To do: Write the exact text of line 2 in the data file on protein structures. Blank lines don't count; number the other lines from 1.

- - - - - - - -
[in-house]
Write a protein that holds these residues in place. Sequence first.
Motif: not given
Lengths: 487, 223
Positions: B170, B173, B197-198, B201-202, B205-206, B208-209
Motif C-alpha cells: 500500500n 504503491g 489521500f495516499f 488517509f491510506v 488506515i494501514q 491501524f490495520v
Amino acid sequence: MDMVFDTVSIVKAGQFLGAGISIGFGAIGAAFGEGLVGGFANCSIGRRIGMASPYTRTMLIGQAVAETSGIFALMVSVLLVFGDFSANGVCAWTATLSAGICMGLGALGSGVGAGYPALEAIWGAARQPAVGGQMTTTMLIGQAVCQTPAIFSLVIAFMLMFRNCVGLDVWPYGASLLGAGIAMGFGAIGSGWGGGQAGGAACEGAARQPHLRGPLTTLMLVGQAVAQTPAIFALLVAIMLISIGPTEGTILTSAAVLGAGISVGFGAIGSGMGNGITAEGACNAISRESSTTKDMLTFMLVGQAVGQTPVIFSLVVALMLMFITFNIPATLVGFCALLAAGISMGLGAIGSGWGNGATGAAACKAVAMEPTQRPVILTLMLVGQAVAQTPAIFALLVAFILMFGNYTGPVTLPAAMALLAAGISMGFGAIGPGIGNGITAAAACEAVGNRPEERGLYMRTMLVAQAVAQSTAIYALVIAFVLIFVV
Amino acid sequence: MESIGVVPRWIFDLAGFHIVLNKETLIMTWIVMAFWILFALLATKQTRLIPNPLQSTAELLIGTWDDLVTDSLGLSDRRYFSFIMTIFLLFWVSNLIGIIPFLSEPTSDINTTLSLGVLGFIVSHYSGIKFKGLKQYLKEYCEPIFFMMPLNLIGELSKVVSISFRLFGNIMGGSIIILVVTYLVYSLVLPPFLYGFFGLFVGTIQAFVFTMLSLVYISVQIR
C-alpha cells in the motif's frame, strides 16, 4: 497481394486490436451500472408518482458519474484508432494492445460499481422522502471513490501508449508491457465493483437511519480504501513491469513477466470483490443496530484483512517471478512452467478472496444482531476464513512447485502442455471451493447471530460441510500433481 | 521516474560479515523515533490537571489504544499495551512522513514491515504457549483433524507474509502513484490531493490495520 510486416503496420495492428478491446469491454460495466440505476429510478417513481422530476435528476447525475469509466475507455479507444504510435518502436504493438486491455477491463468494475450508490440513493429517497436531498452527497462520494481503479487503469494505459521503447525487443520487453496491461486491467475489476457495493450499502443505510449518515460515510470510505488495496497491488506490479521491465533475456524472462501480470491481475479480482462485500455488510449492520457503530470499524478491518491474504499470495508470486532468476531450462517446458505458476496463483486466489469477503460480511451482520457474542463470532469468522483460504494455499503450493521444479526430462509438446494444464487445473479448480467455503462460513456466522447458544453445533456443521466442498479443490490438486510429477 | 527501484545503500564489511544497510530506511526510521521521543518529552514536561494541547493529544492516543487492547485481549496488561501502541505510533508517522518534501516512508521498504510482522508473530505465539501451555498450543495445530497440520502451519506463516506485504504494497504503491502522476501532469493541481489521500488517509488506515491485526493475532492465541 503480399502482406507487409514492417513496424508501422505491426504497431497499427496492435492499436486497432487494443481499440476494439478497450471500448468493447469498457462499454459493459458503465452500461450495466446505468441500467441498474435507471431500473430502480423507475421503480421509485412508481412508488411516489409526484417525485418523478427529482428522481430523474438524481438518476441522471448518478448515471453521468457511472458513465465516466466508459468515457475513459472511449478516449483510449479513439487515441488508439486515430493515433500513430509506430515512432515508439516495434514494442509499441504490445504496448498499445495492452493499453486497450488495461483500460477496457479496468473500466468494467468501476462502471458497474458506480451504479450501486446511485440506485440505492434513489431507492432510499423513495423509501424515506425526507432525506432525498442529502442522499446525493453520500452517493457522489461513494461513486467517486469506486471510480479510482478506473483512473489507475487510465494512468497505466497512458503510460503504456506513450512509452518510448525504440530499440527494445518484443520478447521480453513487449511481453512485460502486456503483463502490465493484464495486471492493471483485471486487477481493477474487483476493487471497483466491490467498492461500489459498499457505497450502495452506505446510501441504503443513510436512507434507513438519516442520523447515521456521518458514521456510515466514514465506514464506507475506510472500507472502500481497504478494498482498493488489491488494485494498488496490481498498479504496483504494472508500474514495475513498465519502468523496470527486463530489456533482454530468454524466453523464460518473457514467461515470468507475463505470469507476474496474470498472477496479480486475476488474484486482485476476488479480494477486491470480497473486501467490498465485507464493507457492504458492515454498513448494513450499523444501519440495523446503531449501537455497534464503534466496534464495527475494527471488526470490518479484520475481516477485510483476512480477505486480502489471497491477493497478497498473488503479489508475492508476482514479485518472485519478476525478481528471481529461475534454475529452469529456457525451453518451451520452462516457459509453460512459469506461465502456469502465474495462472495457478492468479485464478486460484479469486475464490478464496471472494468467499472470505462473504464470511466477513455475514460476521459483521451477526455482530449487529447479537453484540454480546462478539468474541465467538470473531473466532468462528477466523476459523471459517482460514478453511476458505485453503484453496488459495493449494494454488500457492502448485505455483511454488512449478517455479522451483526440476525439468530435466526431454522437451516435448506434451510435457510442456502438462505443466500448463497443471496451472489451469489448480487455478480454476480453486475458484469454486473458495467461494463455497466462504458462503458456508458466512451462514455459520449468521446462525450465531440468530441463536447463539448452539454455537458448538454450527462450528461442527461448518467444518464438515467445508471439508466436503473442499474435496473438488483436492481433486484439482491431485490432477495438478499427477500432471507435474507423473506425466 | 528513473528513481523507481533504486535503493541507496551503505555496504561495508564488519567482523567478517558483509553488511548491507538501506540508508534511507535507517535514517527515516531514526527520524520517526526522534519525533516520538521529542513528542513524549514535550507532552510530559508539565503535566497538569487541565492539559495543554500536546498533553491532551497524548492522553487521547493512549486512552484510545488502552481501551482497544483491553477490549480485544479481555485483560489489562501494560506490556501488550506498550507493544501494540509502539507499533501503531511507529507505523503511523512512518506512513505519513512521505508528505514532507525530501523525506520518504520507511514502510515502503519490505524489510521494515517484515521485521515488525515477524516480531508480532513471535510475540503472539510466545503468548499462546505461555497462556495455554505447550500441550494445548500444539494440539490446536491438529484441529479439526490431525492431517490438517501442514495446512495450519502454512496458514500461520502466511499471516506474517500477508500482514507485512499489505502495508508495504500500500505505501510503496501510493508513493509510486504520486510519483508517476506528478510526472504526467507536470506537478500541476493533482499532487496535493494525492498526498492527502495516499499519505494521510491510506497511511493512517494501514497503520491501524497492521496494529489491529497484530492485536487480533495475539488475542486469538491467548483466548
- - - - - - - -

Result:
Write a protein that holds these residues in place. Sequence first.